Before we get into the NBA study, it is probably useful to give folks a bit more background on what we are trying to accomplish.  Our unofficial mission is to use marketing concepts and statistical methods to understand the behavior of players, teams, and leagues.  We are both sports fans and academics, so our goal is to go beyond opinion, and use data to generate new insights into the world of sports.

When we start an analysis like the NBA fan equity study we really don’t start with an agenda (though Professor Lewis does acknowledge a personal bias against Duke Basketball).  We start with a bunch of data and some concepts (theory) that guide the way we approach the analysis.  In the case of the fan equity study, our guiding theory is that team revenue is based on the loyalty of fans, the size of the team’s market, the quality of the product and the entertainment value of the team.

The analysis begins with a model of box office revenue based on variables that correspond to market potential (capacity and market population), team quality (winning percentage) and entertainment value (number of all stars, payroll).  The insight or theory that drives the analysis is that this model can be used to predict the revenue that is due to quality and market potential.  Any difference between this predicted value and actual value is due to “fan loyalty.”

In their responses to us, readers tended to ask about a few specific teams.  For instance, there was a great deal of interest in comparisons between the Knicks and the Nets.  The table below shows several differences between the two teams that are drivers of the differential fan equity.  The teams share the largest population metropolitan areas but the Knicks achieve a 10.7% advantage in terms of attendance DESPITE charging much greater prices.  It is this greater pricing power that pushes the two teams to opposite ends of the ranking.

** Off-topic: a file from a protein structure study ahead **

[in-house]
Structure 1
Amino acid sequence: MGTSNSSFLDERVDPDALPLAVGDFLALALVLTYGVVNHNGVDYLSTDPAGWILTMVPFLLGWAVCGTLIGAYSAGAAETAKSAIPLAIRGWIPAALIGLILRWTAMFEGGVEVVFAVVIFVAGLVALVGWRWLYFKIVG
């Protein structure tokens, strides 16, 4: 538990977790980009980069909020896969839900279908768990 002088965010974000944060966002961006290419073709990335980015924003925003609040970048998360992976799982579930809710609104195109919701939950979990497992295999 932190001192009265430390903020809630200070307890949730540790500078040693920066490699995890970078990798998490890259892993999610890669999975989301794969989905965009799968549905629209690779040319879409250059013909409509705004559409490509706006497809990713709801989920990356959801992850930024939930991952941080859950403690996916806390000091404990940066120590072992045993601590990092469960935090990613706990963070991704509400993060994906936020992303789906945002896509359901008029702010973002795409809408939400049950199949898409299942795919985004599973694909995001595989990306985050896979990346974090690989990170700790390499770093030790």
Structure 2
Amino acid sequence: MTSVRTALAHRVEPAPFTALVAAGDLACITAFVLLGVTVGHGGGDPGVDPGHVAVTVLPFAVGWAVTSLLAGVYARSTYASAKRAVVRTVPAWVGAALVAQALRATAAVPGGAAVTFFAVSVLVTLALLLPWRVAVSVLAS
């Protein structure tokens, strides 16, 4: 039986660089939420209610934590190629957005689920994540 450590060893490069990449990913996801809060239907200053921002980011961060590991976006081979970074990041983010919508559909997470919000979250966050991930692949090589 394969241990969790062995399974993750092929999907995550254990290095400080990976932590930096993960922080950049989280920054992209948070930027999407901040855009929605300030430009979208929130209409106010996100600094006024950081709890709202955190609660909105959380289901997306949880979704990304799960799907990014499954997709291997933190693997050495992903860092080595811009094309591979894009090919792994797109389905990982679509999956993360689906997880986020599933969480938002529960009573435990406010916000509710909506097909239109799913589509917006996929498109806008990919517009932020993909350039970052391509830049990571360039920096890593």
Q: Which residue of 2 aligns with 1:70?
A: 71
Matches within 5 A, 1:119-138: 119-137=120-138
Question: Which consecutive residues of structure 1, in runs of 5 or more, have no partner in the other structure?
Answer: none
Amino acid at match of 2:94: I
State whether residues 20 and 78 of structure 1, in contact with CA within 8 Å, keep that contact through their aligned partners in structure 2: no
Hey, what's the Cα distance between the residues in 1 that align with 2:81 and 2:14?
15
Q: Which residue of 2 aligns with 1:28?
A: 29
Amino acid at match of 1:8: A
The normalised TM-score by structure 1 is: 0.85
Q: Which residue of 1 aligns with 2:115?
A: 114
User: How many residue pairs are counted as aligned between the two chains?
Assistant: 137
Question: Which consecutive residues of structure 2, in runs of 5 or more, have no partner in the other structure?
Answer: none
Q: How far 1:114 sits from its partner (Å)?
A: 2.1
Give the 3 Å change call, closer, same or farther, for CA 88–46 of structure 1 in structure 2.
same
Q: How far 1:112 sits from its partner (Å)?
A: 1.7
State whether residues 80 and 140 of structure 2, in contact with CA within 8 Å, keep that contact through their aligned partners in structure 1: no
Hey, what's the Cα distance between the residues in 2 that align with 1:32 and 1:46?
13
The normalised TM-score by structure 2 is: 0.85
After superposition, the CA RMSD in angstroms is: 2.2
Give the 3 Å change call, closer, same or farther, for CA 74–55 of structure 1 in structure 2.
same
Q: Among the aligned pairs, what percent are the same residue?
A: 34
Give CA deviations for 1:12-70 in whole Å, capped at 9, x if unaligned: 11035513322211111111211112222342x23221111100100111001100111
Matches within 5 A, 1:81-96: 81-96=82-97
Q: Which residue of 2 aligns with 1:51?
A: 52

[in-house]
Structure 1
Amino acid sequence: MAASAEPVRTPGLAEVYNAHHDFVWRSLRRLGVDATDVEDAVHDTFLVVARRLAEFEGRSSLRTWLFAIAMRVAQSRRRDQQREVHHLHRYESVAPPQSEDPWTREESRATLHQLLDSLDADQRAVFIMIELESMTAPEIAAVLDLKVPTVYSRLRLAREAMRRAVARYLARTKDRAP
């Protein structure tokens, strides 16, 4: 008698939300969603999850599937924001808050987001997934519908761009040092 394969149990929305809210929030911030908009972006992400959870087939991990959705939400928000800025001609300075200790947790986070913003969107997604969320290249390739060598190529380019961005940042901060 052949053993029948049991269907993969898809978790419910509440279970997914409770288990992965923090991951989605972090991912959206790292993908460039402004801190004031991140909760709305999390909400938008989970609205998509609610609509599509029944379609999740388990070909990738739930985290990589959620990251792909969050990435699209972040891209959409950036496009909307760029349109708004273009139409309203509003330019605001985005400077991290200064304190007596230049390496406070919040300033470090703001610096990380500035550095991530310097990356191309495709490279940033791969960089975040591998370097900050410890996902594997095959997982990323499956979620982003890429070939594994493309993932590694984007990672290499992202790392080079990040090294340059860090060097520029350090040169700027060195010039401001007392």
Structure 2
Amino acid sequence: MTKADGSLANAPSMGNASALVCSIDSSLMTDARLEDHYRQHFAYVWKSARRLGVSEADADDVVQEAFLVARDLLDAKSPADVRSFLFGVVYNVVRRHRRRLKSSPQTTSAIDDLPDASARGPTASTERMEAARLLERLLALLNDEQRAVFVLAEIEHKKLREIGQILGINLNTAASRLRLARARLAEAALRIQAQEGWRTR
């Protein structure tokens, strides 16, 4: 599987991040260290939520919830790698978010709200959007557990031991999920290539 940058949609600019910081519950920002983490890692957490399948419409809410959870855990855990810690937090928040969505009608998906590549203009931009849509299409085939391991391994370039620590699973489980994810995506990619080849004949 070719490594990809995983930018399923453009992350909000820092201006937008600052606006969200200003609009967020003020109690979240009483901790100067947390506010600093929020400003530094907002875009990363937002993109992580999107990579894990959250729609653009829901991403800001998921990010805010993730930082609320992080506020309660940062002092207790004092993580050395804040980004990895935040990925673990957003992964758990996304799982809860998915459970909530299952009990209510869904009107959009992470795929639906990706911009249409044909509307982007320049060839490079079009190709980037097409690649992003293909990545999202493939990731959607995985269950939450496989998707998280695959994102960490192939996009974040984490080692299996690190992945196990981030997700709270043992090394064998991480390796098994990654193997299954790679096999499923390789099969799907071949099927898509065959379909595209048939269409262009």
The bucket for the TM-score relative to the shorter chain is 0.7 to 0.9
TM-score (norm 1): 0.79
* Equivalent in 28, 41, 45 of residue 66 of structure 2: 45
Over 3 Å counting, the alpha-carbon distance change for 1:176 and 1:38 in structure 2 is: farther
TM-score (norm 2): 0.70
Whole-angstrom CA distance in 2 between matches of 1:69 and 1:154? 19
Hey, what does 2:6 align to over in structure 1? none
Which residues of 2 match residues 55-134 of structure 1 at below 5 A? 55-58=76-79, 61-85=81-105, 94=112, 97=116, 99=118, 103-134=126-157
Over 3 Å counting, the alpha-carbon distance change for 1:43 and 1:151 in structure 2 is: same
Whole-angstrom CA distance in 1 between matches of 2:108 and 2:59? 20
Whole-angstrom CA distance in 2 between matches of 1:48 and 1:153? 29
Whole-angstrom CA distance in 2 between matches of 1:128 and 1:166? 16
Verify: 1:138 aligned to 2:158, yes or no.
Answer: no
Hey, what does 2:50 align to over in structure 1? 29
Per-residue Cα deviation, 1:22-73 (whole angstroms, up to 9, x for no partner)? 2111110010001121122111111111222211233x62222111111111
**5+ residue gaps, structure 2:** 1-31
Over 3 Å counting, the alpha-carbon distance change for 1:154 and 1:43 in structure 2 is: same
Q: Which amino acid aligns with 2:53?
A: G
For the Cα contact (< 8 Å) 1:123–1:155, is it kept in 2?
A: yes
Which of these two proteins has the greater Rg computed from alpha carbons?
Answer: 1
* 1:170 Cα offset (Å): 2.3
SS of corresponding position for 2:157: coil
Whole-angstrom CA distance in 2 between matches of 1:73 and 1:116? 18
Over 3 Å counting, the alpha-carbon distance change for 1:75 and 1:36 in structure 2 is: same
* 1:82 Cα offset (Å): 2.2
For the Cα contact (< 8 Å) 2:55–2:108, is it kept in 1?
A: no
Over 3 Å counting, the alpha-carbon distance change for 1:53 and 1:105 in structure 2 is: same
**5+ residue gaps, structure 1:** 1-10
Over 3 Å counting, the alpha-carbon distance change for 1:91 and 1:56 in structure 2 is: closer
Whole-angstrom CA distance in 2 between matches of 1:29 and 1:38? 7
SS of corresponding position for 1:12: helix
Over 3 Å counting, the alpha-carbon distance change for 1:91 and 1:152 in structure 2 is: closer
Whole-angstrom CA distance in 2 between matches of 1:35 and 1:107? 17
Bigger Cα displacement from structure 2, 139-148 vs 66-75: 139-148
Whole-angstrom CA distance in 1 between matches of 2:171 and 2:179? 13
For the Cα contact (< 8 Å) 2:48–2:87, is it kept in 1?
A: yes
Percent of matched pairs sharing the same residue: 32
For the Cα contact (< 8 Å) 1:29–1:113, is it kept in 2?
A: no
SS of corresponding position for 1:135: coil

Another illuminating comparison could be made between Orlando and Golden State.  Given the excitement surrounding the Warriors the casual fan would likely assume that Golden State enjoyed a stronger fan base.  However, when we look at the numbers we see that Orlando generates almost the same attendance (and charges slightly higher prices) while operating in a market that is half the size and winning fewer than half as many games.  Our analytics driven approach accounts for these differences.  It also makes sense when you consider that Orlando fans provide about the same amount of box office revenue as GSW fans, while the team draws from a smaller market and wins only 24% of their games.

This last point is really the key to our analysis.  As a further example, while Miami is currently a great revenue driving team, we need to realize that their fans are attracted to a team that won 80% of their regular season games and has three all- stars and the likely MVP in the lineup.  The true test of fan loyalty is what happens when a team slumps.  This is why teams like Orlando and Dallas do so well in our rankings.

Mike Lewis & Manish Tripathi, Emory 2013.

Does Seattle deserve an NBA franchise? Yes!

Yesterday, the NBA owners voted to keep the Sacramento Kings from being sold to a group that would have brought the franchise to Seattle.  Yesterday, we also posted an analysis of fan base quality for the NBA.  We reported results for each Team’s “Fan equity” for the past season (and the change from 2012).  We found that the franchises with the best fan bases included the Knicks, Bulls, Celtics and Trail Blazers.  We also found that the worst fan bases were those of the Nets, Hawks and Pistons.

While we focused on this most recent season, our methodology can also be applied to previous seasons.  This morning we have run the numbers for seasons from 2002 to 2006 to see how the Sonics fan base compared to other cities (we excluded the last two years to avoid having the numbers biased by a negative fan reaction due to the planned move to Oklahoma City).

We found that the Seattle market ranked 20th over this time period.  While this is not a great performance it does place the Sonics far from the bottom.  The Sonics fan base was more supportive than fan bases in Denver, Minnesota, Milwaukee, Atlanta, Detroit, Philadelphia and the Clipper side of LA.